If you see a painful lump in the inner thigh or groin area, you may have a femoral hernia. It can often be simply pushed in or disappears when lying down. Any cough or muscle strain can cause it to appear.
A femoral hernia is often caused by strain on the tummy, such as straining on the toilet due to constipation, or carrying heavy weights. They appear when fatty tissue or a portion of the bowel forces itself through into your groin near the top of the inner thigh, into the femoral canal.
They have been linked to obesity and heavy coughs as well as the aforementioned stomach issues and muscle strains.
You need surgery on a femoral hernia quickly once diagnosed, as there can be serious complications. Obstruction and strangulation can occur in the area, leading to more serious problems.
Obstruction is where part of the bowel becomes fully stuck inside the femoral canal, and can cause nausea, stomach pain and vomiting, along with a lump causing pain in the groin area.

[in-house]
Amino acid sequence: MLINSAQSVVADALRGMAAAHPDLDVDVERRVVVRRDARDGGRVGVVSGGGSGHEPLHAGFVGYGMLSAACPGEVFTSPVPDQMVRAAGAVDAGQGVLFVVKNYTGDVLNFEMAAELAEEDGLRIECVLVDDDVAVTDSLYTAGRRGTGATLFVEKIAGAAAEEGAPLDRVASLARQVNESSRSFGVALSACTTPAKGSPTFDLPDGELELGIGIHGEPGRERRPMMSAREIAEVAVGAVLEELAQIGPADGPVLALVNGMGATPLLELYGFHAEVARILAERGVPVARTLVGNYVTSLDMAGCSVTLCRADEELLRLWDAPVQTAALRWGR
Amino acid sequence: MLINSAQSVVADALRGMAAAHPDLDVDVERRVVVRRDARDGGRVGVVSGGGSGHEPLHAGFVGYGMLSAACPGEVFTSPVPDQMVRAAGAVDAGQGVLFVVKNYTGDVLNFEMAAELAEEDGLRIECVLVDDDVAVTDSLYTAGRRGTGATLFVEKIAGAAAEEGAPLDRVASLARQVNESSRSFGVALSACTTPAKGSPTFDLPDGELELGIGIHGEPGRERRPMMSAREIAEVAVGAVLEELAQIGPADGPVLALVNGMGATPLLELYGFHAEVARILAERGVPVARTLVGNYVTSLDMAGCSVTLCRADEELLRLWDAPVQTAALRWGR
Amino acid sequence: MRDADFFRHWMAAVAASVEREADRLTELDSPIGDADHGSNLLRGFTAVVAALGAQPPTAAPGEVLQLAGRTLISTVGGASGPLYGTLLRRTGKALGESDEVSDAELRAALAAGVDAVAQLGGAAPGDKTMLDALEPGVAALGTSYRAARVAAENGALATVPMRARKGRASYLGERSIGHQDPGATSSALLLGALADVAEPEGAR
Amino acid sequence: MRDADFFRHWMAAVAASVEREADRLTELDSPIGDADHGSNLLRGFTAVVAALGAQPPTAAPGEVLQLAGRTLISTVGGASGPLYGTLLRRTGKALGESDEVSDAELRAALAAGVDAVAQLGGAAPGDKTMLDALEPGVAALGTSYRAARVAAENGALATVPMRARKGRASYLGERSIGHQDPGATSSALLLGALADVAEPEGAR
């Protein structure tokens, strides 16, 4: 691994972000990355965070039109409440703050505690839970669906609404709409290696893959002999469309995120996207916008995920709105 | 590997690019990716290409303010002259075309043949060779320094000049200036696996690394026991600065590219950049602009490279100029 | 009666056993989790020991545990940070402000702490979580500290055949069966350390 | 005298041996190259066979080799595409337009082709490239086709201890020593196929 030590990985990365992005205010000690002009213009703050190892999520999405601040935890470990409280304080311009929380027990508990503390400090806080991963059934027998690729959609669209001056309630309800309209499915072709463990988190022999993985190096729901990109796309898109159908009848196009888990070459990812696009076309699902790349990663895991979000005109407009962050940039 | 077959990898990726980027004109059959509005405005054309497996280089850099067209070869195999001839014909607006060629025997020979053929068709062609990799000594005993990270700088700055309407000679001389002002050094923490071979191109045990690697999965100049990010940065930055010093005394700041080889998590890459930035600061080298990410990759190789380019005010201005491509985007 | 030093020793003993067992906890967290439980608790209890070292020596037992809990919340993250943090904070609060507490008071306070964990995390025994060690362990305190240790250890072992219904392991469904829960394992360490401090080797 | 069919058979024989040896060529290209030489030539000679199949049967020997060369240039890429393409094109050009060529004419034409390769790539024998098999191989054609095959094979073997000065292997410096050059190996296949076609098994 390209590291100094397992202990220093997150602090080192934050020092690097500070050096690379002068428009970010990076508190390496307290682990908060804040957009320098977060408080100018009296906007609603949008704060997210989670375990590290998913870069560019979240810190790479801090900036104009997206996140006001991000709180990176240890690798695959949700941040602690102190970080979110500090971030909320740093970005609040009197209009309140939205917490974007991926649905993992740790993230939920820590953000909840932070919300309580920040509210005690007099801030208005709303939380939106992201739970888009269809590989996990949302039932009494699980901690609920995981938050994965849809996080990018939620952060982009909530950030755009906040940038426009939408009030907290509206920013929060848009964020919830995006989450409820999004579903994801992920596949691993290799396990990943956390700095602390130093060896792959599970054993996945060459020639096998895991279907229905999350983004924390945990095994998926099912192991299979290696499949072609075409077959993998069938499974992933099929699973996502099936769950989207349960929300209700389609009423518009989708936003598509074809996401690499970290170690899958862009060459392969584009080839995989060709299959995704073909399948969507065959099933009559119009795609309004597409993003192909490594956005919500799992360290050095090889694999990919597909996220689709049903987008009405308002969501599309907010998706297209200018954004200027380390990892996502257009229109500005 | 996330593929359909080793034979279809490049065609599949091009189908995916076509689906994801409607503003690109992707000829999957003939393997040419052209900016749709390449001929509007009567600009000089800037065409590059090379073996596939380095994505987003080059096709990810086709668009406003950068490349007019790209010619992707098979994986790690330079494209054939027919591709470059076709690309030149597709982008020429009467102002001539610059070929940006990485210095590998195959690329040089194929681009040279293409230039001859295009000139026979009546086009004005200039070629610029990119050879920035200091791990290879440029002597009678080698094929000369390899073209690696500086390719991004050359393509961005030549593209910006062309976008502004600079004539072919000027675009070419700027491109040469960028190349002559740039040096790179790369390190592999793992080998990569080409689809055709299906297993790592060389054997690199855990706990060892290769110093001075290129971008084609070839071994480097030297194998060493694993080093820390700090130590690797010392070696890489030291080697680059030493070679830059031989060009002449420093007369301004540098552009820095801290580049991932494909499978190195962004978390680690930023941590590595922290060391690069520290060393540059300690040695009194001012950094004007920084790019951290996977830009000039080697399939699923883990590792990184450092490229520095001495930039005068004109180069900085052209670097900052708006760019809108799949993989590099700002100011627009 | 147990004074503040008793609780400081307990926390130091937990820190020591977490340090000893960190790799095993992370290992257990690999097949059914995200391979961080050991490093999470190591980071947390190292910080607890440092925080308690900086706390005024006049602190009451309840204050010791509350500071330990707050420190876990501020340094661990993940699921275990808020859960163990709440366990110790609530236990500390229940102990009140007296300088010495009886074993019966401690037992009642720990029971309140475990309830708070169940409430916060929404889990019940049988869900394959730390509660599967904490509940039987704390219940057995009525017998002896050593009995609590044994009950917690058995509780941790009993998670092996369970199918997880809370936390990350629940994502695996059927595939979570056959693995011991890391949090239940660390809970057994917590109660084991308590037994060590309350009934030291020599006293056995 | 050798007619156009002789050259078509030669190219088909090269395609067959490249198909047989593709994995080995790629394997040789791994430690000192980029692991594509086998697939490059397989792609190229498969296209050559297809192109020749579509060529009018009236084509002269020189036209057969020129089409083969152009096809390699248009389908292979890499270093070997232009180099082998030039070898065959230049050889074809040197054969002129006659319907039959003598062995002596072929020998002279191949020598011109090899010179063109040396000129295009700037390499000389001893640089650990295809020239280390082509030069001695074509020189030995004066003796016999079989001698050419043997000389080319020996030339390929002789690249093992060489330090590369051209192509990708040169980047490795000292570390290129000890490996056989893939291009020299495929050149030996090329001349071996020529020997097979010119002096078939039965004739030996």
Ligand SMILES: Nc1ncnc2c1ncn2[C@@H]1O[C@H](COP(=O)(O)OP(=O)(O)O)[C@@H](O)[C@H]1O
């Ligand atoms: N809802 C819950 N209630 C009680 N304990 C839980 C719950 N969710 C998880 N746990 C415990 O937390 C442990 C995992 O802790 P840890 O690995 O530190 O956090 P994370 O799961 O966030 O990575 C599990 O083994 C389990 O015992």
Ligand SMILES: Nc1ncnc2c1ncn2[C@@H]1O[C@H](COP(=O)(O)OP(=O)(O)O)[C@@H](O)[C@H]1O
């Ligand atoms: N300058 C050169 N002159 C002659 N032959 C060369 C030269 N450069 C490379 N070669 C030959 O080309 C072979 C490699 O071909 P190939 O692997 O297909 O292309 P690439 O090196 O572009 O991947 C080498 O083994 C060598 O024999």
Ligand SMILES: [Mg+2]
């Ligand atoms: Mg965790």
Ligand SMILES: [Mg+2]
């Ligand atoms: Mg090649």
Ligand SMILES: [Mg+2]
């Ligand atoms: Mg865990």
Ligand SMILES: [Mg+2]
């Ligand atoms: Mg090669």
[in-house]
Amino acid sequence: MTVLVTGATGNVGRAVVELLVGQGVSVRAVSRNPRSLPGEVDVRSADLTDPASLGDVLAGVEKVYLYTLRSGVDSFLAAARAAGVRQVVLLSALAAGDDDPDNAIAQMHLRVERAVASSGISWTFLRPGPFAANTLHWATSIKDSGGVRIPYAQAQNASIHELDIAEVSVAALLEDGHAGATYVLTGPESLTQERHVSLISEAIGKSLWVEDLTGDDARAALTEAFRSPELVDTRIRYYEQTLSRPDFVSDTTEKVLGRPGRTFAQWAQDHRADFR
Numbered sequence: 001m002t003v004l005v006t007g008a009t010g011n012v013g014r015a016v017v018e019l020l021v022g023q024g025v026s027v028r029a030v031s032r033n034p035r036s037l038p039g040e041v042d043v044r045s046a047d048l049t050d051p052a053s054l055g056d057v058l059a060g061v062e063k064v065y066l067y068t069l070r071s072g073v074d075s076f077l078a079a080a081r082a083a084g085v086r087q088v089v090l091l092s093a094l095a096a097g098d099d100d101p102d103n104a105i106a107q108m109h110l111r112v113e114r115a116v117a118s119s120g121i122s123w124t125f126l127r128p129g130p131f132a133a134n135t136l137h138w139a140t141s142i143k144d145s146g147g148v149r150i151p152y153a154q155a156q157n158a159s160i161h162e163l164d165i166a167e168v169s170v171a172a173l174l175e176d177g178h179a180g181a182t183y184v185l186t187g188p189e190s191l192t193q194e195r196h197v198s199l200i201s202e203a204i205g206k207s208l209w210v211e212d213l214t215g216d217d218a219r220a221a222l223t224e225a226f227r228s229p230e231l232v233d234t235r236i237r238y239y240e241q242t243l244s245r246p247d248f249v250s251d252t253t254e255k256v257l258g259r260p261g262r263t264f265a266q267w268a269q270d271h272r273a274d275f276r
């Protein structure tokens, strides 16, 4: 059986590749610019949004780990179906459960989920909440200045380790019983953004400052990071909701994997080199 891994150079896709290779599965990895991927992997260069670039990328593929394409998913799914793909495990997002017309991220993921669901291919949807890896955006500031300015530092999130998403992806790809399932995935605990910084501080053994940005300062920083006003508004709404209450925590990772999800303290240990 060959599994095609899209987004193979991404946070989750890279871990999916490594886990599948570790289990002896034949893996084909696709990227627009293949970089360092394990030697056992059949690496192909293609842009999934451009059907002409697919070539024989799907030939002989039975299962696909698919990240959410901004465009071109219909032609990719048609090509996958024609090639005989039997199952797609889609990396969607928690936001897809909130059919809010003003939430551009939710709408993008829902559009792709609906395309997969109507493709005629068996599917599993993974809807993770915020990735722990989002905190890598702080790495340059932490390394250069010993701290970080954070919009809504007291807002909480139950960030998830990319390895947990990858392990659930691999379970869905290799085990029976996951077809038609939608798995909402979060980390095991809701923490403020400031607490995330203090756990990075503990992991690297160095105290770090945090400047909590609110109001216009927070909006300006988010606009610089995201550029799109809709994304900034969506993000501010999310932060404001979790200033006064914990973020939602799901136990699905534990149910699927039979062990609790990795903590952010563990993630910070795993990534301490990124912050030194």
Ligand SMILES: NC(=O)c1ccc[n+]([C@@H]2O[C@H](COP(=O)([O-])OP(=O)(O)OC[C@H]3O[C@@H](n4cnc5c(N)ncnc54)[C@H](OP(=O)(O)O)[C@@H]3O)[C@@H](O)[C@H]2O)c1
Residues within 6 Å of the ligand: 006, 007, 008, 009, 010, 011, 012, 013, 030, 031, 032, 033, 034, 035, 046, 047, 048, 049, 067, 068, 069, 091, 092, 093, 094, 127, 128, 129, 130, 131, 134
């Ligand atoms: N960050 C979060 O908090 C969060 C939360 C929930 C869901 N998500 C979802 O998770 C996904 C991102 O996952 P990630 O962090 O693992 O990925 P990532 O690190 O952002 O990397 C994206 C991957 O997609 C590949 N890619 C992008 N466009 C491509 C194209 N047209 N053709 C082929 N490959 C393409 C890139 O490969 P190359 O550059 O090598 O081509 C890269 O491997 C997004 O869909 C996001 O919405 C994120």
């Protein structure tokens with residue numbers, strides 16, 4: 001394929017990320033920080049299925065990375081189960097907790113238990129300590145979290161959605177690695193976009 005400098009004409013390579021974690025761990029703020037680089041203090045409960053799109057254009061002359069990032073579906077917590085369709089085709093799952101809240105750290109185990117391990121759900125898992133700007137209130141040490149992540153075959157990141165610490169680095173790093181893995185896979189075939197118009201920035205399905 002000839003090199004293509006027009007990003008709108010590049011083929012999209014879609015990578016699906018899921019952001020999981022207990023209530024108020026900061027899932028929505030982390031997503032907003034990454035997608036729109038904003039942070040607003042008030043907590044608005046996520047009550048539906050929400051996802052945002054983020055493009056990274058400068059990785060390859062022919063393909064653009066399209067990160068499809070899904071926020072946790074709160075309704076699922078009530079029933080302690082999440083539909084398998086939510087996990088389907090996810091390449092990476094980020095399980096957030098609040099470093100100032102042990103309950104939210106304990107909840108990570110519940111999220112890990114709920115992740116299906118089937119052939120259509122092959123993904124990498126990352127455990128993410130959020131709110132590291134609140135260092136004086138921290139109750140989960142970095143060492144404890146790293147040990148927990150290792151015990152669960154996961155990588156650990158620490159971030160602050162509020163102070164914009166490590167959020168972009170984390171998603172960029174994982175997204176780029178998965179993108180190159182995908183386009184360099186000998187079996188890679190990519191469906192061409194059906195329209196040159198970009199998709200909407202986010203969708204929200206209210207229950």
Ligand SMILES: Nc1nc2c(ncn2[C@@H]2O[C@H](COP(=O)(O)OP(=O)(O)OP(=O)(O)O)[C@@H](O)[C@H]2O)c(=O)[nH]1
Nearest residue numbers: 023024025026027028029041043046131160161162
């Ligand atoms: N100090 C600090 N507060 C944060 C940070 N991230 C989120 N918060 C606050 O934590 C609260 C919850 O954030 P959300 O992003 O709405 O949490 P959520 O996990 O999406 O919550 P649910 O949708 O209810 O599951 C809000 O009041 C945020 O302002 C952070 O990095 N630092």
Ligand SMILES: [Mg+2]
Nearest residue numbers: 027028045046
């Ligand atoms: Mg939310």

Strangulation is caused by a section of the bowel becoming trapped and cutting off the flow of blood, this means emergency surgery quickly, as the affected tissue needs to have its blood supply restored, or it will die.
Surgery for these hernias will remove the hernia and any resultant complications, and is almost always recommended, though there is always a chance of recurrence.
Once surgery is required, there are two different methods to employ:
Open hernia repair
involves an incision made in the abdomen, through which the surgeon will push the tissue back through the abdomen. The surgeon will then sew the affected area up, usually reinforcing it with a synthetic mesh before closing the incision.
In a laproscopic surgery, the surgeon will make several small incisions in the abdomen to send through a small tube equipped with a camera. The surgeon then inserts several tiny instruments through the other incisions to actually repair the hernia, guided by the camera.
In both surgeries, it can take as much as a few weeks before you return to your usual level of activity.
While it normally takes 6 weeks to fully recover, many people can return to light work and driving within 2 weeks.